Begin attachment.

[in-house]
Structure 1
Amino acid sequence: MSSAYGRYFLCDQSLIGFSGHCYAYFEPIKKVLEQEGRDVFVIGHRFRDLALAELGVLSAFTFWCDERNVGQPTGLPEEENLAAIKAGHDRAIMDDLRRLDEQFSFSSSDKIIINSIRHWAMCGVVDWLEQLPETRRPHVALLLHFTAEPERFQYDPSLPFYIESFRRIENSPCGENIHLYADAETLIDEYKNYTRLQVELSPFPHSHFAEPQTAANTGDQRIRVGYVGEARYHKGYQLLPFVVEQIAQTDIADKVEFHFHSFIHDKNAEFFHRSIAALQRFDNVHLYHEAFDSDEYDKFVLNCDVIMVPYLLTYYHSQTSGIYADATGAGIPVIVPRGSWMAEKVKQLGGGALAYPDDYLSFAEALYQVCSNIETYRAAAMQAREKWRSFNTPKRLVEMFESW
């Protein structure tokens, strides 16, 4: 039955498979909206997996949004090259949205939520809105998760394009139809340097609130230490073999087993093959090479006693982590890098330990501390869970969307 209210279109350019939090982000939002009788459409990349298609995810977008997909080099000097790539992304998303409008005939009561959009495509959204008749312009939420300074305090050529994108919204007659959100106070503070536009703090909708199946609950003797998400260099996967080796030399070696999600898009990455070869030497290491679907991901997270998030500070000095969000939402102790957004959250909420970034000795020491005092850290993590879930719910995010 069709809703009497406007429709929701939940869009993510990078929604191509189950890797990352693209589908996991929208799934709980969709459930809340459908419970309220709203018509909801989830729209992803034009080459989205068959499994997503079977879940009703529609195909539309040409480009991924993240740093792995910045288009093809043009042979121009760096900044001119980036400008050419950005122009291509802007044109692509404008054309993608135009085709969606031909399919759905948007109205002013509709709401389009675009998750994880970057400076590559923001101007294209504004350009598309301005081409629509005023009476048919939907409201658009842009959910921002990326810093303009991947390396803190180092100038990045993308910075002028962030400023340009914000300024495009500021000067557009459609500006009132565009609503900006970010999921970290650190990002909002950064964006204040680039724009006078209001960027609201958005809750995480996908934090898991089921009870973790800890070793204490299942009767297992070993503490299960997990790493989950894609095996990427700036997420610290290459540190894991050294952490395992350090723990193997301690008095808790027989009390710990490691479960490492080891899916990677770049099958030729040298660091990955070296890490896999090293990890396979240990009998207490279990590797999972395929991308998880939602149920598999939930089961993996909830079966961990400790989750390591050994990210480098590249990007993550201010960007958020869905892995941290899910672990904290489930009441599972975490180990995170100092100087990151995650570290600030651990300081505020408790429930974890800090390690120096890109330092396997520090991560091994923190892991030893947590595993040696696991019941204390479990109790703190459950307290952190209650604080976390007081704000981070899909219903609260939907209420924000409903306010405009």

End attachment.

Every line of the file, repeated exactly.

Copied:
[in-house]
Structure 1
Amino acid sequence: MSSAYGRYFLCDQSLIGFSGHCYAYFEPIKKVLEQEGRDVFVIGHRFRDLALAELGVLSAFTFWCDERNVGQPTGLPEEENLAAIKAGHDRAIMDDLRRLDEQFSFSSSDKIIINSIRHWAMCGVVDWLEQLPETRRPHVALLLHFTAEPERFQYDPSLPFYIESFRRIENSPCGENIHLYADAETLIDEYKNYTRLQVELSPFPHSHFAEPQTAANTGDQRIRVGYVGEARYHKGYQLLPFVVEQIAQTDIADKVEFHFHSFIHDKNAEFFHRSIAALQRFDNVHLYHEAFDSDEYDKFVLNCDVIMVPYLLTYYHSQTSGIYADATGAGIPVIVPRGSWMAEKVKQLGGGALAYPDDYLSFAEALYQVCSNIETYRAAAMQAREKWRSFNTPKRLVEMFESW
């Protein structure tokens, strides 16, 4: 039955498979909206997996949004090259949205939520809105998760394009139809340097609130230490073999087993093959090479006693982590890098330990501390869970969307 209210279109350019939090982000939002009788459409990349298609995810977008997909080099000097790539992304998303409008005939009561959009495509959204008749312009939420300074305090050529994108919204007659959100106070503070536009703090909708199946609950003797998400260099996967080796030399070696999600898009990455070869030497290491679907991901997270998030500070000095969000939402102790957004959250909420970034000795020491005092850290993590879930719910995010 069709809703009497406007429709929701939940869009993510990078929604191509189950890797990352693209589908996991929208799934709980969709459930809340459908419970309220709203018509909801989830729209992803034009080459989205068959499994997503079977879940009703529609195909539309040409480009991924993240740093792995910045288009093809043009042979121009760096900044001119980036400008050419950005122009291509802007044109692509404008054309993608135009085709969606031909399919759905948007109205002013509709709401389009675009998750994880970057400076590559923001101007294209504004350009598309301005081409629509005023009476048919939907409201658009842009959910921002990326810093303009991947390396803190180092100038990045993308910075002028962030400023340009914000300024495009500021000067557009459609500006009132565009609503900006970010999921970290650190990002909002950064964006204040680039724009006078209001960027609201958005809750995480996908934090898991089921009870973790800890070793204490299942009767297992070993503490299960997990790493989950894609095996990427700036997420610290290459540190894991050294952490395992350090723990193997301690008095808790027989009390710990490691479960490492080891899916990677770049099958030729040298660091990955070296890490896999090293990890396979240990009998207490279990590797999972395929991308998880939602149920598999939930089961993996909830079966961990400790989750390591050994990210480098590249990007993550201010960007958020869905892995941290899910672990904290489930009441599972975490180990995170100092100087990151995650570290600030651990300081505020408790429930974890800090390690120096890109330092396997520090991560091994923190892991030893947590595993040696696991019941204390479990109790703190459950307290952190209650604080976390007081704000981070899909219903609260939907209420924000409903306010405009």